Avoid Career Potholes


Career potholes are behaviors or events that slow your progress towards your career goals. Just like potholes in the road, career potholes can upset your mental equilibrium and focus. They can have a long-lasting effect on your career progress. Therefore, it is a good idea to steer a career course that helps you avoid career potholes. What are some common career potholes and how can you avoid or deal effectively with them?

Job loss

The biggest career pothole is job loss. Determining your skill deficiencies and repairing them can help avoid job loss. Pay careful attention during performance reviews and ask your boss how you can improve your performance. Ask your mentors the same question.  Get the advice of both your boss and mentors on strategies to overcome your deficiencies.

However, as recent and widespread events in the pharmaceutical industry illustrate, outstanding job skills cannot save you from job loss if your employer makes major changes in its R&D and business strategies. Savvy chemical professionals closely observe events and trends in their company, industry and chemical specialty. Attending professional conferences and networking with your peers working at other firms can also help you identify troubling trends. Your efforts can indicate whether developing trends are occurring that have a substantial possibility to cause you to lose your job despite excellent performance.

Should this be the case, you should at the least be prepared for job loss by updating your résumé, developing a job-hunting plan, and building up your personal savings. You may wish to transfer to a department experiencing healthier business conditions. If your entire industry is experiencing major business problems, your best course of action may be to change industries as well as companies.

Recharge your mental batteries

Establishing a better balance between your personal life and your career can have the effect of reenergizing your career. So can taking a wonderful vacation. For example, in 2005 I took a two-week vacation and traveled through Alaska engaging in many recreational activities. It was the first real vacation I took in more than a decade. I returned home with a new sense of energy and purpose.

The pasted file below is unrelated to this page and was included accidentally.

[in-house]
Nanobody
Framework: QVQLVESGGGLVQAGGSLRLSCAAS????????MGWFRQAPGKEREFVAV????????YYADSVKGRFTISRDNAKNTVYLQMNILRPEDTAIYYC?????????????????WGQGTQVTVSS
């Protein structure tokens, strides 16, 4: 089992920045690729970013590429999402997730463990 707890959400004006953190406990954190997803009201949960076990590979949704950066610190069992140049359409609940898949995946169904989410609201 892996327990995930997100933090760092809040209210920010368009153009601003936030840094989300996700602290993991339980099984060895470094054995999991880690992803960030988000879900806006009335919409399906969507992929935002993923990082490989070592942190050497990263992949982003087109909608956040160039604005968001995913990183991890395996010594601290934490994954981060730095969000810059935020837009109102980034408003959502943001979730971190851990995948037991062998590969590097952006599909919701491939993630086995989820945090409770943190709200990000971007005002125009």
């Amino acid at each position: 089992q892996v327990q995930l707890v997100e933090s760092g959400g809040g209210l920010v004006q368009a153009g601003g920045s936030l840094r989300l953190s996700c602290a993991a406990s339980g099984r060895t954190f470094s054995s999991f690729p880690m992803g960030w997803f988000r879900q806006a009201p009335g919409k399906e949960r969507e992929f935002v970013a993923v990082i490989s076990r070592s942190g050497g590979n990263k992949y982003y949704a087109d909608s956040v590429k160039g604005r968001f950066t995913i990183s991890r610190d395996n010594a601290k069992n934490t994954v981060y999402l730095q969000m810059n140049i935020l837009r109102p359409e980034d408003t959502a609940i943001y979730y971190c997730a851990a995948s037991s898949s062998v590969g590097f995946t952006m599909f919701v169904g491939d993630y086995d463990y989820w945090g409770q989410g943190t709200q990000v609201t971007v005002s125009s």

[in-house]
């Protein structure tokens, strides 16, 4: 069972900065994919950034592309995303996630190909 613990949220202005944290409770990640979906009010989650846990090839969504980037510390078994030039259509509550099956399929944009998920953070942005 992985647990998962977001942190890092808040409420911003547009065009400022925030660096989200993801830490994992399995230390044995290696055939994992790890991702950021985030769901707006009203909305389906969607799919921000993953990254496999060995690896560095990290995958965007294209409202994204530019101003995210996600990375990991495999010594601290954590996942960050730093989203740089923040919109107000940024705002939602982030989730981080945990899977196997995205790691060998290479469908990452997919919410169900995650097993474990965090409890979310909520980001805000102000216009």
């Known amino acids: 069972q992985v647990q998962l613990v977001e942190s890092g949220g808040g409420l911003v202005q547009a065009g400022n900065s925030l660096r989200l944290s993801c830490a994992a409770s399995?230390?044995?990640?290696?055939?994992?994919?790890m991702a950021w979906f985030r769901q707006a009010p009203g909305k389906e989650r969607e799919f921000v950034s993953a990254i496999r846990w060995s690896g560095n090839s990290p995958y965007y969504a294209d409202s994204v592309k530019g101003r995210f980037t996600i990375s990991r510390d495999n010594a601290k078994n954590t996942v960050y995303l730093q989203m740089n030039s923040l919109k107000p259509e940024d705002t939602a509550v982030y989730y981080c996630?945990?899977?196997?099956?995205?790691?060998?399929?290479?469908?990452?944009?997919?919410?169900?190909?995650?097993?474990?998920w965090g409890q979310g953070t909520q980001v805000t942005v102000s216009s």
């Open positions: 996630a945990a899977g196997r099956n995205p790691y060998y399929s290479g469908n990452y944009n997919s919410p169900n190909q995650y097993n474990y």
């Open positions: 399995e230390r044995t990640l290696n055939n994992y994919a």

Reconnect with the best of who you are

Since the early 1990s I have been a volunteer ACS career consultant helping new chemistry graduates and experienced chemical professionals find jobs. Giving back to the profession in this way has been tremendously fulfilling. My college roommate, still a good friend, has long been involved in various activities to encourage grammar school students to consider engineering careers. There was an article about him in the March 2011 issue of Amazing Kids Magazine. Another ACS Career Blogs author, Lisa Balbes, is currently chairperson of the ACS Committee on Economic Affairs and a volunteer ACS career consultant. In fact, all of the more than 70 ACS volunteer career consultants are reconnecting with the best of who they are through their volunteer efforts to help ACS members find jobs. I find just being around them and seeing how much they care about ACS members and the chemical profession to be energizing. Working with them at ACS national meeting career fairs boosts my morale.

Avoid self-sabotaging career behaviors

It often takes self-analysis to determine what your toxic career behaviors are. For example, I used to be so completely focused on my work that I seldom considered my coworkers. I would rush from my office to my lab and back again often ignoring my coworkers in the hallways. I would routinely eat lunch at my desk while working. As a result my coworkers, while respecting my abilities, didn’t like me much. My boss gave me a wakeup call when he commented that whenever he saw me I had a scowl on my face.

Many television shows include workplace behaviors that, while entertaining would be very annoying in real life. A great example is the show NCIS. The lab rat, Ph.D. chemist Abby Sciuto, is brilliant but exhibits behavior that in real life would drive most managers crazy. Don’t believe everything you see on TV!

John Borchardt is a chemist and freelance writer who has been an ACS career consultant for 15 years. He is the author of the ACS/Oxford University Press Book “Career Management for Scientists and Engineers.” He has had more than 1400 articles published in a variety of magazines, newspapers and encyclopedias. As an industrial chemist, he holds 30 U.S. and more than 125 international patents and is the author of more than 130 peer-reviewed papers.

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